Frequently Asked Questions about COVID-19

  “Shared expectations lead to predictability.”

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  1. When, where and how to register to be vaccinated – as of January 18 

       Q. Has anything changed since last week on how we can get vaccinated? 

       A:  Last Thursday, Connecticut started booking vaccinations for the first group in Track 1b – those aged 75 and older.  Other groups in this track will soon be able to make appointments:  These include those between the ages of 65 and 75 and front line essential workers including teachers, first responders and others.  A complete listing appears at[1]:—Phases

Following new national guidelines, some of these other groups will be blended in as doses become available.  Strict compliance to sequencing groups in a priority order is no longer required.  For example, recent news articles have shown firefighters being vaccinated, and complaints have been heard because teachers are starting to book appointments.  Organized groups will notify their members when appointments can be made.  For those qualified by age or health conditions, people need to learn of their eligibility through the news media or website shown above.

Everybody can immediately register on the state Vaccine Administration Management (VAM) website.  This will inform everyone who is registered when their turn for making appointments arrives.  Every state has this CDC VAM program resource.  The CT site is located at:1

After providing your name, email address, birth date and “occupation,” you will be told if your registration is accepted.  After as much as a two-week delay for processing, you will be notified when your group becomes eligible and how to make an application.

Or you can call the Connecticut Vaccine Line on the phone: (877) 918-2224 to register.

Be patient!  Several have stated when they call for an appointment, there are long waiting times – similar to calling for concert tickets before they sell out!  Hopefully things will improve!  For one person it took four minutes of rapid redialing to get through the busy signals.  Then 2 hours 55 minutes on hold before an agent picked up.  After that, only 4 minutes was required to schedule the appointment.  Keep the power cord and coffee maker close by!

  1. Confusion continues matching available doses to demand

       Q: Is it true that many people making appointments may not be vaccinated because they have run out of doses?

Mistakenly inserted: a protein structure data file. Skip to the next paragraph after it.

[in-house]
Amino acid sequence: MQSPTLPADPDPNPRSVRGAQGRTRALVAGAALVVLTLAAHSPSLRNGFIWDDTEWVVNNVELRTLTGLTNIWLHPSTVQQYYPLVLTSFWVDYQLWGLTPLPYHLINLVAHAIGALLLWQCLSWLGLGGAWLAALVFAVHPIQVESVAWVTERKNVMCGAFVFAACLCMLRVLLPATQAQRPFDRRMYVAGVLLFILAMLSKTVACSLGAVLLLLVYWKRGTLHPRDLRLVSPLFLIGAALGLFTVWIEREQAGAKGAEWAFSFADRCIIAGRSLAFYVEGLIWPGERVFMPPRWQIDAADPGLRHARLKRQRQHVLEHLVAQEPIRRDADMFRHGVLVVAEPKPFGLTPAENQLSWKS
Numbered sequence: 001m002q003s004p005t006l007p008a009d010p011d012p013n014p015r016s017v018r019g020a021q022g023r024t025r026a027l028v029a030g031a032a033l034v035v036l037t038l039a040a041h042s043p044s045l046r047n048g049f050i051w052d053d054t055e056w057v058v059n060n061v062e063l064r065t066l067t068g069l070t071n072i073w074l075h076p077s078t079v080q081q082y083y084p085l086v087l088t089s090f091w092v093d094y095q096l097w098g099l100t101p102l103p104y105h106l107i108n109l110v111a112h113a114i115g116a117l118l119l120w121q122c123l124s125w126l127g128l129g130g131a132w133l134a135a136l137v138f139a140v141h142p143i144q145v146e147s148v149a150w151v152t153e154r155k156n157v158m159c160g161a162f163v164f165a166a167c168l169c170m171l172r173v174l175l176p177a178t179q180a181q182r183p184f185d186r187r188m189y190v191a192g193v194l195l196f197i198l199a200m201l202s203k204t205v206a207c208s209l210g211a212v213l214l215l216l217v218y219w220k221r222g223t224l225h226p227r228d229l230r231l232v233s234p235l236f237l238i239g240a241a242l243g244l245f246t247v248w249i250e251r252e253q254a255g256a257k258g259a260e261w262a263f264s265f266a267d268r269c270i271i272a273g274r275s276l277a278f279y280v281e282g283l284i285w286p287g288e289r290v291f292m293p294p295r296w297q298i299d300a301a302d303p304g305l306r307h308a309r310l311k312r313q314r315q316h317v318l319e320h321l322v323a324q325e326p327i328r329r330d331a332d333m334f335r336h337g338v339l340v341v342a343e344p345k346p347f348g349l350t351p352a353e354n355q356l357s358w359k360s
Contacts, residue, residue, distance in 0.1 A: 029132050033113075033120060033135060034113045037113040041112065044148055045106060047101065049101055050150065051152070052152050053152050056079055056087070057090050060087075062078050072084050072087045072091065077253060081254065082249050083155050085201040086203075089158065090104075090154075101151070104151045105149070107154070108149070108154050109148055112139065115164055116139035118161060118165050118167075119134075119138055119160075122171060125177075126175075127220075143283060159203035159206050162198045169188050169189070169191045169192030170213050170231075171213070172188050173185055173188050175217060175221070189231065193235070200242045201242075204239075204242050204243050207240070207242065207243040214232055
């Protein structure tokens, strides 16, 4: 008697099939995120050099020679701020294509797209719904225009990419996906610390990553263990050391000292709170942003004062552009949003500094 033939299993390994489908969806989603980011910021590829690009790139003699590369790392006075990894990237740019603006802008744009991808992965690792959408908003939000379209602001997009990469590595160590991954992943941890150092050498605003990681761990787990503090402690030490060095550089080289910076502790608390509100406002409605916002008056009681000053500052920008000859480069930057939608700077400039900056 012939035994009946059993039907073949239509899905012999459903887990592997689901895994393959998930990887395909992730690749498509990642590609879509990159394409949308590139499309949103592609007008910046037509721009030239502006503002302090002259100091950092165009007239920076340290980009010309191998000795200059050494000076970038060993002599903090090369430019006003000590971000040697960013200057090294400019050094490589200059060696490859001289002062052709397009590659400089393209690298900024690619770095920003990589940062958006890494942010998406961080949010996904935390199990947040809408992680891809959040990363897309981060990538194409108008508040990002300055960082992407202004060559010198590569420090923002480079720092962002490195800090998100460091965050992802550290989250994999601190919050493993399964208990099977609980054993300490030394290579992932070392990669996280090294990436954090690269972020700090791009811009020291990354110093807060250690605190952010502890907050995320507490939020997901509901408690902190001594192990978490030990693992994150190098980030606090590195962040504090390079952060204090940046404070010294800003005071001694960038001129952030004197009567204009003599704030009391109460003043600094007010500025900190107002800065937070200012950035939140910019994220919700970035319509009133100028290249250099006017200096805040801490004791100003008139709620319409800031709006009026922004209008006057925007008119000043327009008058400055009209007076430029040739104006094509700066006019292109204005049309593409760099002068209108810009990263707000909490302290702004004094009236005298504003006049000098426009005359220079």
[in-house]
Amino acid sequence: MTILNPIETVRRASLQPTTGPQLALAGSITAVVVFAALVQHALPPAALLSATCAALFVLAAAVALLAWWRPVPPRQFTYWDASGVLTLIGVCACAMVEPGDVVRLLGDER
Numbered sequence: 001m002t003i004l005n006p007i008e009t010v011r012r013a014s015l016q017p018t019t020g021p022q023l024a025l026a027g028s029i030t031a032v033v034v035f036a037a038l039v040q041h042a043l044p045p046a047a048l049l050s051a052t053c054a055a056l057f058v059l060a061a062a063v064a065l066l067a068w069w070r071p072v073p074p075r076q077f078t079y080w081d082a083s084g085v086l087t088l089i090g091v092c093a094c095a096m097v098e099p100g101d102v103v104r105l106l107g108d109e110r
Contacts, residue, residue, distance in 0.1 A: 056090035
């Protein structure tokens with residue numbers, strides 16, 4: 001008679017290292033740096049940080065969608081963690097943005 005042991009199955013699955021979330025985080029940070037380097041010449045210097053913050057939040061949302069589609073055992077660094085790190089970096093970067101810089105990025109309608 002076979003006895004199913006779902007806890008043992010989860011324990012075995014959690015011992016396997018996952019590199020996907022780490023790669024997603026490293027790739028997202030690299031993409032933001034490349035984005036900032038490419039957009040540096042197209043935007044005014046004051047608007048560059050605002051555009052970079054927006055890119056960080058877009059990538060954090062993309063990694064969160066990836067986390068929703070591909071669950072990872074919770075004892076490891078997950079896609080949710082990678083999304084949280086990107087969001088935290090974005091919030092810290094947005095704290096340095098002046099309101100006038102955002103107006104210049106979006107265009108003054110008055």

A: Yes, this has been a problem, but will soon be rectified.  The Trump administration moved last week Tuesday to release all the vaccines stored in warehouses to expand the number of vaccinated people.  But this move was embarrassing when it was later learned that all reserved doses had already been released.  Some states with unused doses ready to be thrown out have opened up their vaccinations on a “first come-first served” basis.  This resulted in long lines, hours of waiting time, and eventually unvaccinated people being turned away.  President-elect Biden’s transitional team has been developing plans to both enhance product availability and the efficiency of administering doses.  Once he takes office this week, he is expected to invoke the Defense Production Act to order larger quantities of the vaccine.  Pfizer has announced that they will initially cut back on the number of doses immediately released to other countries, making up for this when US production increases.  Large-scale arena-sized vaccination centers are planned within each of the states, and National Guard mobilization is planned to run these centers.  Funds will be asked for from Congress to employ significant numbers of new public health personnel to expand testing and contact tracing.  Originally, the national plan was to hold back the second doses required for everyone receiving their first one.  Later, it was proposed to increase the number of people getting the first dose by releasing all vaccine doses immediately.  Dr. Fauci stated last week he was against this because it might mean  people might never get their second dose.  But he now agrees.  On January 17, he stated “the flow of COVID-19 vaccines is steady enough to ensure everyone will get their second dose to ensure 100 million vaccinations in Joe Biden’s first one hundred days in office.”